Sunday, October 28, 2012

Sons and Mothers

Bertrada of Laon
Properly speaking, the Carolingian Era started with Carolus Martellus, Charles "the Hammer" Martel (c.688-741). After his death, his two sons maintained order in the Frankish kingdoms of Neustria and Austrasia, until Carloman stepped down in 747, leaving Pepin the Short to unite the two and be named Rex Francorum (King of the Franks) by the pope. Sadly, for the kingdom, it was divided again upon Pepin's death, between his two sons, Charles and Carloman.

There appears to have been bad blood between the brothers, but little agreement as to the cause. Consider, however, that the two were very young when their father—and both boys, to ensure the dynasty's legitimacy—was anointed by Pope Stephen II. They had both grown up believing it was their destiny to rule. Also, they had never known a divided kingdom. Their father had united the two parts, and then extended the borders into Aquitaine. In 768, after the kingdom of the Franks had been unified for 20 years, to have it made smaller again by dividing it might have tried the patience of the most peaceable of brothers. Perhaps a mother's influence might have softened the sibling rivalry, except that this mother had a favorite.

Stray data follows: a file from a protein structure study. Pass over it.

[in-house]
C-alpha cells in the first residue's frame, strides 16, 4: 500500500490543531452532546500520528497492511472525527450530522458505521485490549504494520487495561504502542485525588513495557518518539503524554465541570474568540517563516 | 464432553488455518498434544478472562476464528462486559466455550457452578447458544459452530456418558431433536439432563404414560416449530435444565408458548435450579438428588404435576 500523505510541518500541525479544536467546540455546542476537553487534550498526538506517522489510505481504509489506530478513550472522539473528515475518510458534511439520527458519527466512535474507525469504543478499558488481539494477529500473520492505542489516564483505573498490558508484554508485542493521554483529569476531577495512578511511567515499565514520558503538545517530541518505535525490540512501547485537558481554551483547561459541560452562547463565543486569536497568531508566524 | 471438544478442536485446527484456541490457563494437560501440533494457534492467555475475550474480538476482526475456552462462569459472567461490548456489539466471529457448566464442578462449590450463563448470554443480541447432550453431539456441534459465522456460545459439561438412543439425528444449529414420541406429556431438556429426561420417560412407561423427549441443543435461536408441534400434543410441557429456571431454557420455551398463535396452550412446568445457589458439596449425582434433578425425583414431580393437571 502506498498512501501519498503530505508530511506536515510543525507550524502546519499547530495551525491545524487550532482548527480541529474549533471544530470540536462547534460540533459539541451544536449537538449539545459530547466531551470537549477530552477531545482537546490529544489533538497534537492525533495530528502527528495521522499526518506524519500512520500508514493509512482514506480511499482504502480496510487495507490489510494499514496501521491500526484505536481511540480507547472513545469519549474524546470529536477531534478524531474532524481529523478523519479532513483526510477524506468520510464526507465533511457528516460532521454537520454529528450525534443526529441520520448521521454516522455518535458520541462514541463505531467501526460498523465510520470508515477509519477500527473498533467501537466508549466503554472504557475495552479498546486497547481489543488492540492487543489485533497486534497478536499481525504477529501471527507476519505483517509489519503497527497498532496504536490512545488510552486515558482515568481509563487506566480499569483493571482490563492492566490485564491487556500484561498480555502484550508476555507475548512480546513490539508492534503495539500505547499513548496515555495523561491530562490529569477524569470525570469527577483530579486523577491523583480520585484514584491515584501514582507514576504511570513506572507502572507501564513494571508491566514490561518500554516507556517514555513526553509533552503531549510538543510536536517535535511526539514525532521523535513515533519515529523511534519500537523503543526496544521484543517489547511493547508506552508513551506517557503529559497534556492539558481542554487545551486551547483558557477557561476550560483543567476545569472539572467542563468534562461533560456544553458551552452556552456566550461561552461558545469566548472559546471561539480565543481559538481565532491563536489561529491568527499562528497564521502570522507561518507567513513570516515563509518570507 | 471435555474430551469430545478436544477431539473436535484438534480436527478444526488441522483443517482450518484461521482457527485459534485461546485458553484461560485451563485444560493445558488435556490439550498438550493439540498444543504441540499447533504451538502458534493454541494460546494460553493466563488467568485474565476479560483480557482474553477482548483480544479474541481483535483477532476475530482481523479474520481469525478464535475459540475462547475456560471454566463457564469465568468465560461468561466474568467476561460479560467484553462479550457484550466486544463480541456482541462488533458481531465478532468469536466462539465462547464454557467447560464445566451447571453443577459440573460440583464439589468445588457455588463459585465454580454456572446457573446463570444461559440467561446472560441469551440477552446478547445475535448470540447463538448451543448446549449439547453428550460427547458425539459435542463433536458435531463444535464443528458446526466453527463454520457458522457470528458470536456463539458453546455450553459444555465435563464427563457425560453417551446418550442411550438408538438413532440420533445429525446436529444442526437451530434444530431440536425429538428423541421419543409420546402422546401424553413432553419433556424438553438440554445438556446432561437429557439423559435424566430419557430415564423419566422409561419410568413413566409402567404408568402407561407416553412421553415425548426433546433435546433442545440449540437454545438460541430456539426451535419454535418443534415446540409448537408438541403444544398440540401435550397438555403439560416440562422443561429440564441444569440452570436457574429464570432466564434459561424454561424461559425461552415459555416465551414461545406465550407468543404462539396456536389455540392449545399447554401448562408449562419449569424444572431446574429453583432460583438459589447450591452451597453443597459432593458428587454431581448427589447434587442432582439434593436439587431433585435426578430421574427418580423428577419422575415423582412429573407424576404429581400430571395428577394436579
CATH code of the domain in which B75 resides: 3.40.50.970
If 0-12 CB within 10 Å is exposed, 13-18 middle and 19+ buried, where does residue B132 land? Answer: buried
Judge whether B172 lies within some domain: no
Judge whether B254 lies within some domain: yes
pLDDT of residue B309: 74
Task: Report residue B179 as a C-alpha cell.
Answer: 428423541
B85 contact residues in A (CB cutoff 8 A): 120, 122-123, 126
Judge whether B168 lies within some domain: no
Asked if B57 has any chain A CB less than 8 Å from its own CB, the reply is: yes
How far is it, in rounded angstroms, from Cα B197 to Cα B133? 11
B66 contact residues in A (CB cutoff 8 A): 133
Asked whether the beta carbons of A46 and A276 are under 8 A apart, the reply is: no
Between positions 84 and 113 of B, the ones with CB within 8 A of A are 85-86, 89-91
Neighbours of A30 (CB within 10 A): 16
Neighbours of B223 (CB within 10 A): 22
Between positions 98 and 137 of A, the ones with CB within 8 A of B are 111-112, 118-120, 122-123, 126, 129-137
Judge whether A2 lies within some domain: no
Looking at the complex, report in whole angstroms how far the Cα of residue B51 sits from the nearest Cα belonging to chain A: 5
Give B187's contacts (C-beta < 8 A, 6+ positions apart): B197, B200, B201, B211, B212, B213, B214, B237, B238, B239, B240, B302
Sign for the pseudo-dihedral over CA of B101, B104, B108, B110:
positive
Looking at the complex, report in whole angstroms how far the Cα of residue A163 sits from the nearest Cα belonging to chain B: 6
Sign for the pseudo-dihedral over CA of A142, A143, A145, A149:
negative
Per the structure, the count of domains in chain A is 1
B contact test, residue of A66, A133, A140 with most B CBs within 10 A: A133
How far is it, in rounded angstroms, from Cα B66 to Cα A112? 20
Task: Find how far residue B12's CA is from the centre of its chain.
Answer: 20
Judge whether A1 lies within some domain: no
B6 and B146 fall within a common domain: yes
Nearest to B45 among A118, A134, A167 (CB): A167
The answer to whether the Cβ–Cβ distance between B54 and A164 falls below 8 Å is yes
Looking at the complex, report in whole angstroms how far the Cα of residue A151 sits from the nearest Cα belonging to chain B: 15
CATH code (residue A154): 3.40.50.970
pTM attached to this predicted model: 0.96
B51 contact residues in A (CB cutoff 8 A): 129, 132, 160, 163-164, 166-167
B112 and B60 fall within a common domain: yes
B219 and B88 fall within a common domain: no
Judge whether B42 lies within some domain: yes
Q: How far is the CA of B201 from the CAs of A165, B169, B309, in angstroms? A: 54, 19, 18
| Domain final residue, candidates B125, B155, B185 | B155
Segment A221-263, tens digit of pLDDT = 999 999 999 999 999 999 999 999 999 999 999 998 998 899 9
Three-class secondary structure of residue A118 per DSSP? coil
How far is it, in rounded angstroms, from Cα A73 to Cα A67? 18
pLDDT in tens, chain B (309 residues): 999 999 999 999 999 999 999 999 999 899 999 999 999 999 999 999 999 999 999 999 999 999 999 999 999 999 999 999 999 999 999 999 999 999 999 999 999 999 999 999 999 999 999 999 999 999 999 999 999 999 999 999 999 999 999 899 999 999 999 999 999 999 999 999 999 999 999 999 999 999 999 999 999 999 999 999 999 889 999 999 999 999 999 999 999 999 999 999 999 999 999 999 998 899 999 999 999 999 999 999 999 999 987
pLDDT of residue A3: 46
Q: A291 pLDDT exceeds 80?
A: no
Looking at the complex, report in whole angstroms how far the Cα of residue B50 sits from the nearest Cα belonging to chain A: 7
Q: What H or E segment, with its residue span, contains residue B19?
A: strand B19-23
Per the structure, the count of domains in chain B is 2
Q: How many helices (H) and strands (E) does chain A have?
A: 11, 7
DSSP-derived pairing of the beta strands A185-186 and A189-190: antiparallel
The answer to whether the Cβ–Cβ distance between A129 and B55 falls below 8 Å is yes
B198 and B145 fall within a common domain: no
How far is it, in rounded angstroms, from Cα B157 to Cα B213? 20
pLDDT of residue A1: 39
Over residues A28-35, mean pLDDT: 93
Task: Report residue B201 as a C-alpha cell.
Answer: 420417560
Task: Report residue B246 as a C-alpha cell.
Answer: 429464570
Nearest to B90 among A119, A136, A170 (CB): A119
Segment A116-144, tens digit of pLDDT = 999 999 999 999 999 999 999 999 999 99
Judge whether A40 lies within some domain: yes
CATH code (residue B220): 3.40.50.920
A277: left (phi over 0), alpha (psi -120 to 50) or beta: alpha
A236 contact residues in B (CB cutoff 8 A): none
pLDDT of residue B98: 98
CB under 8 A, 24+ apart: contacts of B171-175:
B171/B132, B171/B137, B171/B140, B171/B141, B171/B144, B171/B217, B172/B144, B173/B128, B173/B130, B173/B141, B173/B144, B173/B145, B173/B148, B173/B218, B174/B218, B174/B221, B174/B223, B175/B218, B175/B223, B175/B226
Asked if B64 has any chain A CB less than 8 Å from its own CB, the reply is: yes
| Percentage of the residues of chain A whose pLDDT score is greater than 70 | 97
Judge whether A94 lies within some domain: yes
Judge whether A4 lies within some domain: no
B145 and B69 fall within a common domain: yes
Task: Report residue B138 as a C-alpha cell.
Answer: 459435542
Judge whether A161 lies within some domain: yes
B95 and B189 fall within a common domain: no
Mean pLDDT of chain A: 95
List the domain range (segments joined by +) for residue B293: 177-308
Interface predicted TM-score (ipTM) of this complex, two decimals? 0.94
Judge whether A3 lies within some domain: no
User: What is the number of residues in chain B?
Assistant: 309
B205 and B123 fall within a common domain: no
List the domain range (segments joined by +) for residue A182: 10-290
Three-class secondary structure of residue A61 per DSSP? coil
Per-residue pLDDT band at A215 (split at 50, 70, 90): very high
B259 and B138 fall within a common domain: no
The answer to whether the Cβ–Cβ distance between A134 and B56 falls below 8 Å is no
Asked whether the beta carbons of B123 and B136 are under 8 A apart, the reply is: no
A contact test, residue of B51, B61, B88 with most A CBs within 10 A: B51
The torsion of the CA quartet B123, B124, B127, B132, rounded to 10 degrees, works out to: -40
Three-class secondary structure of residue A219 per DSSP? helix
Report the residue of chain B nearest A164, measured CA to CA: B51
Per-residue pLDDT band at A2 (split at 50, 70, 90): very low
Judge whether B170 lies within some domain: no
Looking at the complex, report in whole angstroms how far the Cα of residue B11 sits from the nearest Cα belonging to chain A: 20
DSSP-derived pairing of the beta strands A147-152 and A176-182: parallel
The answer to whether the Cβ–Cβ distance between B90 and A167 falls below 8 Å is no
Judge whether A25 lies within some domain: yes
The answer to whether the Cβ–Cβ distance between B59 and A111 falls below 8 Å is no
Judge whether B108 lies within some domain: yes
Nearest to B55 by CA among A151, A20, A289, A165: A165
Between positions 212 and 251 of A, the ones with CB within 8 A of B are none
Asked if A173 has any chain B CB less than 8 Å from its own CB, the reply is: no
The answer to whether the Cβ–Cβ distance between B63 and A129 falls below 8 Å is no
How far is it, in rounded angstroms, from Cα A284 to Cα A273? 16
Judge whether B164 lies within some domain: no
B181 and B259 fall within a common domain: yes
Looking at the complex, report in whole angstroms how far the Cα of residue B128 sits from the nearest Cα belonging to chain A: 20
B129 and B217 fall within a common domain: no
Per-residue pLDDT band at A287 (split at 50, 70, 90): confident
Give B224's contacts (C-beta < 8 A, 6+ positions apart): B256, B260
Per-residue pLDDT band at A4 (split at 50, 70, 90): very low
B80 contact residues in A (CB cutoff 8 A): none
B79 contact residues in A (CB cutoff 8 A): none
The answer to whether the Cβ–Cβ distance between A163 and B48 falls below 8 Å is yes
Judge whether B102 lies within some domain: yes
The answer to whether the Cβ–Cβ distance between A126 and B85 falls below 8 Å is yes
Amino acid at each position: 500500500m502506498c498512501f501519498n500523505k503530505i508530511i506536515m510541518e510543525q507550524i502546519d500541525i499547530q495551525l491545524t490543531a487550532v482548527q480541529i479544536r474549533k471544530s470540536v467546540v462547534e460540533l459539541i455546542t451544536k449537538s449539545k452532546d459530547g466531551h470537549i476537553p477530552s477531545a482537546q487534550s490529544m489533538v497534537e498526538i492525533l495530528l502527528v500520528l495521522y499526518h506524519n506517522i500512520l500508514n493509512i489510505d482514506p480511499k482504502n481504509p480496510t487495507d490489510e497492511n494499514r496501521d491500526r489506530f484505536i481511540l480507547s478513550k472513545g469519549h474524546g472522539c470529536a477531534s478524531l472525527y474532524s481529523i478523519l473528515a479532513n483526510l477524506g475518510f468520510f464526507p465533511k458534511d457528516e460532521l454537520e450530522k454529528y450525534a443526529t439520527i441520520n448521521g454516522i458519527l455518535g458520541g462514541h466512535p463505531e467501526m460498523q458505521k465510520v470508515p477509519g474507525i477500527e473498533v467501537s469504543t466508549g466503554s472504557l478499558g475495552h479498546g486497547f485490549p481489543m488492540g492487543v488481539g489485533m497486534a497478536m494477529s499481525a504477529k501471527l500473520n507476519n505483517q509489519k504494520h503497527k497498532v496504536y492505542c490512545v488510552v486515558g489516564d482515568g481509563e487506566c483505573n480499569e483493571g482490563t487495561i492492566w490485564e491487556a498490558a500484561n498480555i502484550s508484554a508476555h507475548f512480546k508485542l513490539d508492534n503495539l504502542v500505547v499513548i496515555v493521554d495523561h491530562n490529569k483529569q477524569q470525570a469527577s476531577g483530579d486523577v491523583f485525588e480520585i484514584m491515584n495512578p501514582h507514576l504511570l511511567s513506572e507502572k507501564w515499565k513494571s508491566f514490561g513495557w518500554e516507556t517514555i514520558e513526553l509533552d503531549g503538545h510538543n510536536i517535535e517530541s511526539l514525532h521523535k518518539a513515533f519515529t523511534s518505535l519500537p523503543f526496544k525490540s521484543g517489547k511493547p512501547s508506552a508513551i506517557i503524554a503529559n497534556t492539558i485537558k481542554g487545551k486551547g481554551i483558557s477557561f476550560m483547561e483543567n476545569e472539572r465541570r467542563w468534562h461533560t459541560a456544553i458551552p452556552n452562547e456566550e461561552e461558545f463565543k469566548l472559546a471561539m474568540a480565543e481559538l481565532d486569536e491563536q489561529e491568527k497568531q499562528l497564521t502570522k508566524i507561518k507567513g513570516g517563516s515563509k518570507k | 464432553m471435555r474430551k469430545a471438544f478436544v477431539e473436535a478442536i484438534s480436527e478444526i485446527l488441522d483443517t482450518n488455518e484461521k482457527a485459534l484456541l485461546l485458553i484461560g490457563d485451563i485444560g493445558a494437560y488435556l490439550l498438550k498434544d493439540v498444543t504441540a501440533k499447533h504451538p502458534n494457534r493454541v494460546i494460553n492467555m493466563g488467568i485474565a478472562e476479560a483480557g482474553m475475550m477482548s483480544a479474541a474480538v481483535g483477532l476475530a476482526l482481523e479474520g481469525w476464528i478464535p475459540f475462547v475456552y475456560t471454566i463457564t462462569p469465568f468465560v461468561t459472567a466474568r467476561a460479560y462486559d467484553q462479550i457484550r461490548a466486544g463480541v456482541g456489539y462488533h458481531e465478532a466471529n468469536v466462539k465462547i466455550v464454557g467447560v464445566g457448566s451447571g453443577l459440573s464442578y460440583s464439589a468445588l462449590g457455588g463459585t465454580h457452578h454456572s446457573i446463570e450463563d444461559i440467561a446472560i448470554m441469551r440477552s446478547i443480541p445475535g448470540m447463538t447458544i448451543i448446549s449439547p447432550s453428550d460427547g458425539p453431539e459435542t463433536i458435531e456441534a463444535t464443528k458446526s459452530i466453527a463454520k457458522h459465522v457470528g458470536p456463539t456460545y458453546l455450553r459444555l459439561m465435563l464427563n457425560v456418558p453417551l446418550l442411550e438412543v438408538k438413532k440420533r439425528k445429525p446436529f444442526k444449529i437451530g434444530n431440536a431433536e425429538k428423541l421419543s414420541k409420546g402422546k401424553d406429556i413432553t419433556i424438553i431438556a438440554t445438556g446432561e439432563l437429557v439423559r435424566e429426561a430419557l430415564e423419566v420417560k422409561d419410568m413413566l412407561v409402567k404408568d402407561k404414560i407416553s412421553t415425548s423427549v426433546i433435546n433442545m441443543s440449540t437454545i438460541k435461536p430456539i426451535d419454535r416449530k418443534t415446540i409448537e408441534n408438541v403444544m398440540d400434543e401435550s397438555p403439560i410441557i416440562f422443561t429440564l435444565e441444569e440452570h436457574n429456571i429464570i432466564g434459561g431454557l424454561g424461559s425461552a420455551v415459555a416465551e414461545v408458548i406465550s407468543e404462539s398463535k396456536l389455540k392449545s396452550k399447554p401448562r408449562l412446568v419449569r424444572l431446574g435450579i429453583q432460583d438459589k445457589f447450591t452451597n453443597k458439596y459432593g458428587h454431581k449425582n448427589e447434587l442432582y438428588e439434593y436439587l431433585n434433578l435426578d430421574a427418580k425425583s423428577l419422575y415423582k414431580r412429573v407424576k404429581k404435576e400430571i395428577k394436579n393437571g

Bertrada of Laon married Pepin in 740—and here is another potential reason for the brothers' hostility. "Married" might not be considered a flexible term in this case. (Remember that it would take the church another 500 years to codify marriage a little more strictly.) Pepin was apparently married earlier to a Leutberga, of whom little is known—still married, technically. He put his first wife aside in order to choose Bertrada. Charles was born in 742 from this second union. Pepin and Bertrada's marriage was not confirmed by the church until years later. After the marriage was considered legitimate, Carloman was born. Carloman may have considered himself the legitimate heir, even though Charles was the elder.

Bertrada was an educated woman and spoke Latin. When Pepin went to Narbonne to fight Saracens, she accompanied him. This desire to be involved in politics meant she wasn't going to sit idly by while her sons ruled their respective parts of the kingdom. We'll see a little more of that tomorrow.

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